F85-specific memory CD8 T cells do not inhibit FI-RSV-induced pulmonary eosinophilia. BALB/c mice were i.m. immunized with 100 μl of a 1/200 dilution of either FI-RSV or a mock control. Mice were subsequently challenged with RSV 4 wk later. Seven days post-infection, the total number of eosinophils (A) in the BAL was enumerated by quantitative morphometry. B, F85- or M282-specific CD8 T cells were quantified by IFN-γ ICS. Error bars represent the SEM from n = 3–4 mice per group. These data represent three independent experiments. ∗, p < 0.05, compared with vacvβ-gal-immunized controls. Levels at p > 0.05 were not significantly different (n.s.). Detection limits at <1 × 103 cells were below limit of detection (B.L.D.).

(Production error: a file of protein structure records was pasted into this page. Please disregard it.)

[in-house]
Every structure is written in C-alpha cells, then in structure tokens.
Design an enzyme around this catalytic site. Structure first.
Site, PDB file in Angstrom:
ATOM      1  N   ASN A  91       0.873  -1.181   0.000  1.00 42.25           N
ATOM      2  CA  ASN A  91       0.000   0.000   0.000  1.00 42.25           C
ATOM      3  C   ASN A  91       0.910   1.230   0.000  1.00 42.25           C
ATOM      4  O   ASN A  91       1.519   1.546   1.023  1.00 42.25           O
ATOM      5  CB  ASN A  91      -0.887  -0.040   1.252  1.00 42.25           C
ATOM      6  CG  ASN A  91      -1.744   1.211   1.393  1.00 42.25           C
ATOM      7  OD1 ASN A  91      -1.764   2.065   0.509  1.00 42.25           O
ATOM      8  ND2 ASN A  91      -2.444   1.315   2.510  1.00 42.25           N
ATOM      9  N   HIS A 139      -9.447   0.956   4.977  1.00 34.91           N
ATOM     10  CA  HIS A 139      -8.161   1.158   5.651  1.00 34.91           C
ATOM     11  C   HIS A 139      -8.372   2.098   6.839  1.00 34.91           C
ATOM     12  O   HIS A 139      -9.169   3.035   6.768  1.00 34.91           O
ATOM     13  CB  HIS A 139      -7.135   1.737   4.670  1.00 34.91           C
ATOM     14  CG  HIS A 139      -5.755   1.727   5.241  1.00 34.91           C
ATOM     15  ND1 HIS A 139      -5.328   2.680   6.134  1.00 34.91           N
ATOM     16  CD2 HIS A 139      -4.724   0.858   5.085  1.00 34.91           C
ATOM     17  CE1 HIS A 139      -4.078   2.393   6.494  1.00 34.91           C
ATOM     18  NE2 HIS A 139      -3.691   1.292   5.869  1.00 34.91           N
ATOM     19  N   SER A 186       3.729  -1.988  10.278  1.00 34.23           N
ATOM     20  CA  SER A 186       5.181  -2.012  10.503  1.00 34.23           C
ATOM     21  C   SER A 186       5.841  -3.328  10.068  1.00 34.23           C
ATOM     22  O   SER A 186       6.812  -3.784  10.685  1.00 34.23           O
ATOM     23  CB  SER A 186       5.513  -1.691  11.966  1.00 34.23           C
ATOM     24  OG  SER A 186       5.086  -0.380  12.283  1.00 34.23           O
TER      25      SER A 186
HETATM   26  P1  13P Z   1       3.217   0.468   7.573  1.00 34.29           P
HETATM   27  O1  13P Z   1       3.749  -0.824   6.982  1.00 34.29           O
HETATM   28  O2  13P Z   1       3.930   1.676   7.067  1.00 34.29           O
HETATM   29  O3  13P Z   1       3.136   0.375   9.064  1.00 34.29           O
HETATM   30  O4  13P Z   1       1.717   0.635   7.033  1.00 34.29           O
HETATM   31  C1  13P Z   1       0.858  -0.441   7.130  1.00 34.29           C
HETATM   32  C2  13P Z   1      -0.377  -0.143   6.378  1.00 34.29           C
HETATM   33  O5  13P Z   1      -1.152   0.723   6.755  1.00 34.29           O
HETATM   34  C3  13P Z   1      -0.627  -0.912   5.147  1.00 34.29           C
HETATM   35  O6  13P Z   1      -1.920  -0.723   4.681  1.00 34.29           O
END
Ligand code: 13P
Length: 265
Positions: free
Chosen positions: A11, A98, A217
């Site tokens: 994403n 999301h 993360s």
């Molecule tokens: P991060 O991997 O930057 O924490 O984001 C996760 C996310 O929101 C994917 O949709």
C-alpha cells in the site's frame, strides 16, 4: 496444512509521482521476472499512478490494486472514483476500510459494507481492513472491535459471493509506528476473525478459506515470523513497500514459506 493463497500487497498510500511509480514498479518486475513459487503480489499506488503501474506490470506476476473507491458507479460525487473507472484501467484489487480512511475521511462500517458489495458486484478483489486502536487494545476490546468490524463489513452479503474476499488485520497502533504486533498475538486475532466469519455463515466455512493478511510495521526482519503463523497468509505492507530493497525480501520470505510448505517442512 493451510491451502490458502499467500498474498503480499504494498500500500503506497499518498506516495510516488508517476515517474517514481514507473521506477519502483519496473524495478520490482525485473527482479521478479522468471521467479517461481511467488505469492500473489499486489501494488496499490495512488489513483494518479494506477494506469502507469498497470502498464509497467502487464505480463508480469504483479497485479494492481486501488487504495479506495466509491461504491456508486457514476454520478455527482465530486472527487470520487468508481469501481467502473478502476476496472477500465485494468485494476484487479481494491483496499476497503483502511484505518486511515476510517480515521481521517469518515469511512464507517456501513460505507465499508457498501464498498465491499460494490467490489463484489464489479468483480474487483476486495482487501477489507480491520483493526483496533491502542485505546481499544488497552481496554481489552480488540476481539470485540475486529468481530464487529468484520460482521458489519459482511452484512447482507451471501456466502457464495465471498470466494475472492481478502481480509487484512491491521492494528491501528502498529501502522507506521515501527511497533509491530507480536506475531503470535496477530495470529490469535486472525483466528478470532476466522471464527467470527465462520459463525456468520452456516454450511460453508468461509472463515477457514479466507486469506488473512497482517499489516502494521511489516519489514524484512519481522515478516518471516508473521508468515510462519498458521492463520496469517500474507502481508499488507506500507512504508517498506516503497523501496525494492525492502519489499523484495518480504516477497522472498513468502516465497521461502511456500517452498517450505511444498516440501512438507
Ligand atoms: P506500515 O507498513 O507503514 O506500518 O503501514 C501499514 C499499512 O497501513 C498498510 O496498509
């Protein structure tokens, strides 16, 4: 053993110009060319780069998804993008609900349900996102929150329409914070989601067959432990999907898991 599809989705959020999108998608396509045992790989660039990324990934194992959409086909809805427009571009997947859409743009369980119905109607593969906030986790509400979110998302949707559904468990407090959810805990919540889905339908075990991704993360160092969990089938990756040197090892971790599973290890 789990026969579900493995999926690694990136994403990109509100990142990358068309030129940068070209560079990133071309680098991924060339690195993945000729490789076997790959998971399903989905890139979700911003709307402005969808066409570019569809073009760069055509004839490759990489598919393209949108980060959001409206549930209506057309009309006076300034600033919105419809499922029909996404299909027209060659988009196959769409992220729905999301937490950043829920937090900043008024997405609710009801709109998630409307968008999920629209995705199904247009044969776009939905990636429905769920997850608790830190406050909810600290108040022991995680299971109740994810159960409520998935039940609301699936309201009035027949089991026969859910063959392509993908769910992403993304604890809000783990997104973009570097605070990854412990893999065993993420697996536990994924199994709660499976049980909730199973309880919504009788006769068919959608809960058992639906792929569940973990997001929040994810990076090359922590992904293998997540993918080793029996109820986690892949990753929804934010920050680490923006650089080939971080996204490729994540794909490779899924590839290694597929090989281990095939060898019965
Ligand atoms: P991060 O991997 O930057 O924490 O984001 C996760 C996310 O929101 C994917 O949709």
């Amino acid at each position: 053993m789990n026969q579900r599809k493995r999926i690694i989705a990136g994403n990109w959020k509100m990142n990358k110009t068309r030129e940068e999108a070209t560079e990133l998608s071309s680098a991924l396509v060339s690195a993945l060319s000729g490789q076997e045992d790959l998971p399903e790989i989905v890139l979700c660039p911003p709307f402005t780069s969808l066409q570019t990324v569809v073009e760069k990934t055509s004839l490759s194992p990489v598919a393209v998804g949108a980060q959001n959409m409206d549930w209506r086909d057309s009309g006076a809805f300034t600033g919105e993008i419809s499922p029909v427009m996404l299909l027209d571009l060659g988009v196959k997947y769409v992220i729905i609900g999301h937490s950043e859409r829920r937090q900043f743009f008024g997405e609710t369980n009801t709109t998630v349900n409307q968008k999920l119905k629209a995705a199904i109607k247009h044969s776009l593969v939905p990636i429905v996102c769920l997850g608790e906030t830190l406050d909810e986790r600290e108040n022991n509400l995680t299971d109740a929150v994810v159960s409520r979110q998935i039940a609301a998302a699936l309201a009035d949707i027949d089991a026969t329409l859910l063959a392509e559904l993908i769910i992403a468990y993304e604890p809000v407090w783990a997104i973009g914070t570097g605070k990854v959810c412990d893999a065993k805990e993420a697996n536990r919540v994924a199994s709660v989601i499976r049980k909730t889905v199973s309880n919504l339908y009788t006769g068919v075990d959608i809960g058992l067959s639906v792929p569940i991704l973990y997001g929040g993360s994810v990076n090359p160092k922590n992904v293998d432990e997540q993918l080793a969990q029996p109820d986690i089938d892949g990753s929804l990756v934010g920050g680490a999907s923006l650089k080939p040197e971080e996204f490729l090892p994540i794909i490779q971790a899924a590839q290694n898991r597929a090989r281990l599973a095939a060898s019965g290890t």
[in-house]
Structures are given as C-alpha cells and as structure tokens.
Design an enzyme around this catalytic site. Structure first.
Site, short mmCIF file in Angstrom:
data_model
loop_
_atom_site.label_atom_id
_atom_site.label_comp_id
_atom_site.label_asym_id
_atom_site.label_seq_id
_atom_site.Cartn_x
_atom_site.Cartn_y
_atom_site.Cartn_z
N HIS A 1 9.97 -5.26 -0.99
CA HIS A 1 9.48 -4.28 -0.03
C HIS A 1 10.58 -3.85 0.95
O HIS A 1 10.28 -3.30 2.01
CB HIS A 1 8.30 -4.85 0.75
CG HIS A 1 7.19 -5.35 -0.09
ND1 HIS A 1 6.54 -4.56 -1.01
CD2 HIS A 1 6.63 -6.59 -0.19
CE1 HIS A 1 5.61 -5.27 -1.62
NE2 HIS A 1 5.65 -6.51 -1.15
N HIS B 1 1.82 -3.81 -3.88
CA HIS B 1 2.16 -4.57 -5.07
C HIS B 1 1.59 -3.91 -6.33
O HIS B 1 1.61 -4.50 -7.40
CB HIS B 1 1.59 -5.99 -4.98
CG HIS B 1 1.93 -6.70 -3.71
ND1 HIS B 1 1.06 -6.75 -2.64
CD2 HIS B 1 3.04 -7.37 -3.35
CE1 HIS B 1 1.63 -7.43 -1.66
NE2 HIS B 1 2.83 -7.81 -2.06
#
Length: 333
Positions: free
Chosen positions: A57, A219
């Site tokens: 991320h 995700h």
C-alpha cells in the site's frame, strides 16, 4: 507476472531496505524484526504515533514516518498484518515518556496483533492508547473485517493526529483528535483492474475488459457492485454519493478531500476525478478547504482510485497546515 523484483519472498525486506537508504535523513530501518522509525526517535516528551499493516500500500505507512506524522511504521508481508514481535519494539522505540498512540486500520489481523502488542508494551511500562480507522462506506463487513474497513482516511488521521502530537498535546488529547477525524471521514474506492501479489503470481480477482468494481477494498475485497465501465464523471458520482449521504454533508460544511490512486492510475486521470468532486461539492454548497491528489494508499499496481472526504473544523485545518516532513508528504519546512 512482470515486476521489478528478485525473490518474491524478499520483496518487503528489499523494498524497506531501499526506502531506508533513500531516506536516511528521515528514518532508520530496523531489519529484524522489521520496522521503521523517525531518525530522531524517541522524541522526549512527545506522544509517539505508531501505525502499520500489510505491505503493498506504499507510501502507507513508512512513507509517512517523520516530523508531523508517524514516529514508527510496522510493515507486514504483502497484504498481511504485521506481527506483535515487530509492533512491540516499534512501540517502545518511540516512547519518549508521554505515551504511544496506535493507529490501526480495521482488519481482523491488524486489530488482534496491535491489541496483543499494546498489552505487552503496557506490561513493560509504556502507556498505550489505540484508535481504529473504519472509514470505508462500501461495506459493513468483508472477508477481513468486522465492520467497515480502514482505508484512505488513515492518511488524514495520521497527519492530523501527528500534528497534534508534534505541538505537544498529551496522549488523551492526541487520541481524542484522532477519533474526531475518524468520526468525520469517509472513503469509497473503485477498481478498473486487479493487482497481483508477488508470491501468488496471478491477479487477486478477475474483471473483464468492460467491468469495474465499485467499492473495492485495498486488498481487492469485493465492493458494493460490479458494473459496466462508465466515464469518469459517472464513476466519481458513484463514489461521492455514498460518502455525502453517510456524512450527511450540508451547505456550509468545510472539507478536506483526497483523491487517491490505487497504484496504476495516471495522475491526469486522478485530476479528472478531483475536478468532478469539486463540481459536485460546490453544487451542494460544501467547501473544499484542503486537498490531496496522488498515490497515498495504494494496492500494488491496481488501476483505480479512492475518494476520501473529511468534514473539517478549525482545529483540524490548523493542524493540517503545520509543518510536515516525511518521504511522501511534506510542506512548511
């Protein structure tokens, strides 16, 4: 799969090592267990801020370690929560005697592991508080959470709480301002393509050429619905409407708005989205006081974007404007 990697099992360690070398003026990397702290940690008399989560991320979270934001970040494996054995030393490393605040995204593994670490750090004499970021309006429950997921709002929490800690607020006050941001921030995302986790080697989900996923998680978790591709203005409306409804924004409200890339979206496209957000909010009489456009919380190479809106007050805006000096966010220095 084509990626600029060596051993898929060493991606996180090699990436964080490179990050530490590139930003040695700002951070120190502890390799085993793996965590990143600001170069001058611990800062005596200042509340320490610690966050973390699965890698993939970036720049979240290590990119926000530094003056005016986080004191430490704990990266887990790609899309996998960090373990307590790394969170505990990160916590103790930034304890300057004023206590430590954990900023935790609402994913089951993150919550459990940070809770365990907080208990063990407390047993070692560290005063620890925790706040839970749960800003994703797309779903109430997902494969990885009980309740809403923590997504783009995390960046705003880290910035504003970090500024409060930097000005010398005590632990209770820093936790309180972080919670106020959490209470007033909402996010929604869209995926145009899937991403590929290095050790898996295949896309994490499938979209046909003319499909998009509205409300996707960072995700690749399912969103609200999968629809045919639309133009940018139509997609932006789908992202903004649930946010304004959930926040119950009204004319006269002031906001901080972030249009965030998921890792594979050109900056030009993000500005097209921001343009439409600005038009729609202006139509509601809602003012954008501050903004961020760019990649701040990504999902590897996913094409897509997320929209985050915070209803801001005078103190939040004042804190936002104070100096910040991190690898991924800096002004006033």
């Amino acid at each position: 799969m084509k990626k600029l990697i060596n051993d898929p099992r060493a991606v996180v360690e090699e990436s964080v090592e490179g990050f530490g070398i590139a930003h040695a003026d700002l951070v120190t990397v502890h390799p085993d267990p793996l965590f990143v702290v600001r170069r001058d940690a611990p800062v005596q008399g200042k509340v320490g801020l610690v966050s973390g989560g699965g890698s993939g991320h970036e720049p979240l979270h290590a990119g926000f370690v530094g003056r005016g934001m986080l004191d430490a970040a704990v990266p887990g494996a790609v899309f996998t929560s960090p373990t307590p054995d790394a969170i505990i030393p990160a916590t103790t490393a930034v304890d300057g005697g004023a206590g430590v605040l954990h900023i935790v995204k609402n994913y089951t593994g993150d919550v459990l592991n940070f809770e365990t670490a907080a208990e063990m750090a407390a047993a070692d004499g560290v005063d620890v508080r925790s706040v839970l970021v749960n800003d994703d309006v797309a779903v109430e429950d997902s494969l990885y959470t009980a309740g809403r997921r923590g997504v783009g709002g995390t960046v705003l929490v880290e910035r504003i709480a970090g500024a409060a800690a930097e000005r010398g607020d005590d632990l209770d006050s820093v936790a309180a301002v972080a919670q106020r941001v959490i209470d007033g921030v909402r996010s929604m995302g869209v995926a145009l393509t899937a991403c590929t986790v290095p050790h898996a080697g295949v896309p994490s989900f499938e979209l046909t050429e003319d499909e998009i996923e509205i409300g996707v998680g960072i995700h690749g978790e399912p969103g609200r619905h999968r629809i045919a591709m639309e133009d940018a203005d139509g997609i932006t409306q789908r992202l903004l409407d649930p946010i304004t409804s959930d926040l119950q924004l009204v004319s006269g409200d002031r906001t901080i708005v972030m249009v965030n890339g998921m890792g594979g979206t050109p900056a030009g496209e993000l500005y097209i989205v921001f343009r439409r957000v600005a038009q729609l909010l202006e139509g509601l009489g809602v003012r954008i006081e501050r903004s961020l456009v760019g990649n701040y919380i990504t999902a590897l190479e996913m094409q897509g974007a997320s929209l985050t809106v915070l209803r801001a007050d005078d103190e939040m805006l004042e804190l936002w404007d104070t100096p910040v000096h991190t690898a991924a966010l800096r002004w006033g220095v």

FIGURE 4.

F85-specific memory CD8 T cells do not inhibit FI-RSV-induced pulmonary eosinophilia. BALB/c mice were i.m. immunized with 100 μl of a 1/200 dilution of either FI-RSV or a mock control. Mice were subsequently challenged with RSV 4 wk later. Seven days post-infection, the total number of eosinophils (A) in the BAL was enumerated by quantitative morphometry. B, F85- or M282-specific CD8 T cells were quantified by IFN-γ ICS. Error bars represent the SEM from n = 3–4 mice per group. These data represent three independent experiments. ∗, p < 0.05, compared with vacvβ-gal-immunized controls. Levels at p > 0.05 were not significantly different (n.s.). Detection limits at <1 × 103 cells were below limit of detection (B.L.D.).